SidneyToday’s post was originally published on October 28, 2008. At the suggestion of Bertram Bergamot, it was substantially revised and reposted on April 20, 2015.

This surname name had gone girl towards the end of twentieth century. Is it time to bring it back for the boys?

Our Baby Name of the Day is Sidney.

Sidney: Surname Name

Whether it’s spelled Sidney or Sydney, this name started out as a surname. There are two competing theories as to the name’s origins.

It could come from the Old English elements sid – wide – and eg – island, or possibly meadow.

Or maybe it’s a Norman contracted form of Saint Dennis. In French, Dennis sounds more like den EE and saint rhymes with can’t. Say santdenEE five times fast, and you’ll get to Sidney.

And, of course, it could also be both.

The Australian city gets its name from Thomas Townshend, Lord Sydney, who was instrumental in establishing the settlement.

There’s a story there: Townshend was descended from Algernon Sidney. Algernon was a politician, one who helped bring down King Charles I, but also opposed the rule of Oliver Cromwell. When Thomas was created a Baron in 1783, Sidney was his first choice. But would other descendants of Algernon object? The spelling Sydney came from a village near Townshend’s home in Kent. Similar, but not the same.

Sidney: Gone Girl

From the 1880s through the 1940s or so, it wouldn’t have been a surprise to meet someone with this name. This someone would probably have been a he, and he would’ve spelled it Sidney. By the 1950s, this name had left the US Top 200 and continued to fall.

Around the 1930s, Sydney – previously sometimes heard for men – picked up steam for girls.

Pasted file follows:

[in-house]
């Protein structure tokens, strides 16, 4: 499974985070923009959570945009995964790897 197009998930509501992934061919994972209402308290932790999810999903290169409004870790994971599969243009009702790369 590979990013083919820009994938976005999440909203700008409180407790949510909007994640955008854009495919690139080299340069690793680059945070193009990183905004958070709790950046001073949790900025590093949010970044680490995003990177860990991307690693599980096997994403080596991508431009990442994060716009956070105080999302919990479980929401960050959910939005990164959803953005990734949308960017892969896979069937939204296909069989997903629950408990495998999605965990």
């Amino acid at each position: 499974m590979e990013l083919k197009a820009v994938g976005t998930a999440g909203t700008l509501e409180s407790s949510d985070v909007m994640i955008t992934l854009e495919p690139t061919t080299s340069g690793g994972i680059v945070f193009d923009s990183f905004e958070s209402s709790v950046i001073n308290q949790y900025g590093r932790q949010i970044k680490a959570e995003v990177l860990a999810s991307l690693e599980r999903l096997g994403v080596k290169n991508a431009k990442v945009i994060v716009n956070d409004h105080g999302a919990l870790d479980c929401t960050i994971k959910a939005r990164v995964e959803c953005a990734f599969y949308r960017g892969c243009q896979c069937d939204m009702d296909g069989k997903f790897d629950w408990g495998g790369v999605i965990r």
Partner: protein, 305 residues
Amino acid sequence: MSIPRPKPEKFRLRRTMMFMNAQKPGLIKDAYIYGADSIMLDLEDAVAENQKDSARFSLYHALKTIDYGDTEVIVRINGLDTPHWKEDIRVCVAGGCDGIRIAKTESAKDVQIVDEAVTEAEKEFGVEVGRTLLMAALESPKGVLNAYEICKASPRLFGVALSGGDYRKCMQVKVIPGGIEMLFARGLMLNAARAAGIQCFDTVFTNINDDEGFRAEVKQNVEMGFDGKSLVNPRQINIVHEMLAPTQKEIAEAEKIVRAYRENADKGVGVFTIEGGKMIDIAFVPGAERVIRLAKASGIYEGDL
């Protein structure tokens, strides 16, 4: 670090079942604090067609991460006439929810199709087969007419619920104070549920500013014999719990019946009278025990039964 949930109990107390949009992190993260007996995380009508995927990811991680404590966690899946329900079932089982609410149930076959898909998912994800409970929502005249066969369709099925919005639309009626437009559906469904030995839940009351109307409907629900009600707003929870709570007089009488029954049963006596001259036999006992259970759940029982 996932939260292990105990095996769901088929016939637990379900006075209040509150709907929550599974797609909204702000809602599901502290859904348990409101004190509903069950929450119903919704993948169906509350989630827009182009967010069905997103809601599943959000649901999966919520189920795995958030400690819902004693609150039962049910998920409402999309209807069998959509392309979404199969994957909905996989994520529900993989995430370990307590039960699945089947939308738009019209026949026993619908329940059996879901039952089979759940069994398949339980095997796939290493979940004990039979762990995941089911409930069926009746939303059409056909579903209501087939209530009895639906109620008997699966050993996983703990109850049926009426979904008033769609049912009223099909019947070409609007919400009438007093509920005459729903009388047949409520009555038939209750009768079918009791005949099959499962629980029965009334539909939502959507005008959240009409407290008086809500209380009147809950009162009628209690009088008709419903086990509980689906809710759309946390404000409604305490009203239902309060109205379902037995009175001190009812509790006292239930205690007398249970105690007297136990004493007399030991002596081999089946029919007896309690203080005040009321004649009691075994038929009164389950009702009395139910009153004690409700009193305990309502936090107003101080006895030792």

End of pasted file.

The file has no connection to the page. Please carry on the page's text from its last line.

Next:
Why? The Sydney Harbor Bridge opened in 1932. There had been a silent film star by the name a few decades prior. And maybe the popularity of Shirley had parents looking for something similar, but not the same.

There have always been a minority of women with this name, and if you think about Shirley and Cindy, as well as more recent favorites like Lindsay and Ashley, it’s not a huge leap to Sidney.

But Sydney peaked at #23 from 1999 to 2002. The name remains in the US Top 100 for girls as of 2013.

Some credit goes to Alias’ Sydney Bristow, spy extraordinaire on ABC from 2001 to 2006. But Neve Campbell first answered to Sidney in 1996’s Scream, and continued to outwit Ghostface into the new millennium.

Sidney: Back for Boys?

Sidney Crosby

There’s never been a shortage of men by the name, including:

  • Fictional Sydney Carton, from Charles Dickens’ A Tale of Two Cities.
  • Actor and director Sydney Pollack.
  • Current Pittsburgh Penguins’ captain and ice hockey sensation Sidney Crosby.
  • Oscar-winning director Sidney Lumet.
  • Former NBA player Sidney Moncrief, nicknamed El Sid.
  • Actor Sidney Poitier, the first African American to win the Oscar for Best Actor.
  • Novelist Sidney Sheldon.
  • Sid Wilson of Slipknot.
  • Sid Vicious of the Sex Pistols – though he was born John Simon Ritchie.

Now Jason Biggs has named his son Sid – just Sid. And if you’re a fan of mysteries, doubtless you’ll think of Anglican vicar and crime solver Sidney Chambers of television series Grantchester, based on the novels by James Runcie.

Sidney: 2015 & Beyond

Both spellings of the name have faded for girls and boys alike in recent years. But if you look at the numbers, Sidney was given to 279 girls and 206 boys in 2013 – not a staggering difference.

Sid feels like a logical successor to Max and Gus, so maybe, just maybe, this nickname will help bring back Sidney for the boys.

About Abby Sandel

Whether you're naming a baby, or just all about names, you've come to the right place! Appellation Mountain is a haven for lovers of obscure gems and enduring classics alike.

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What do you think?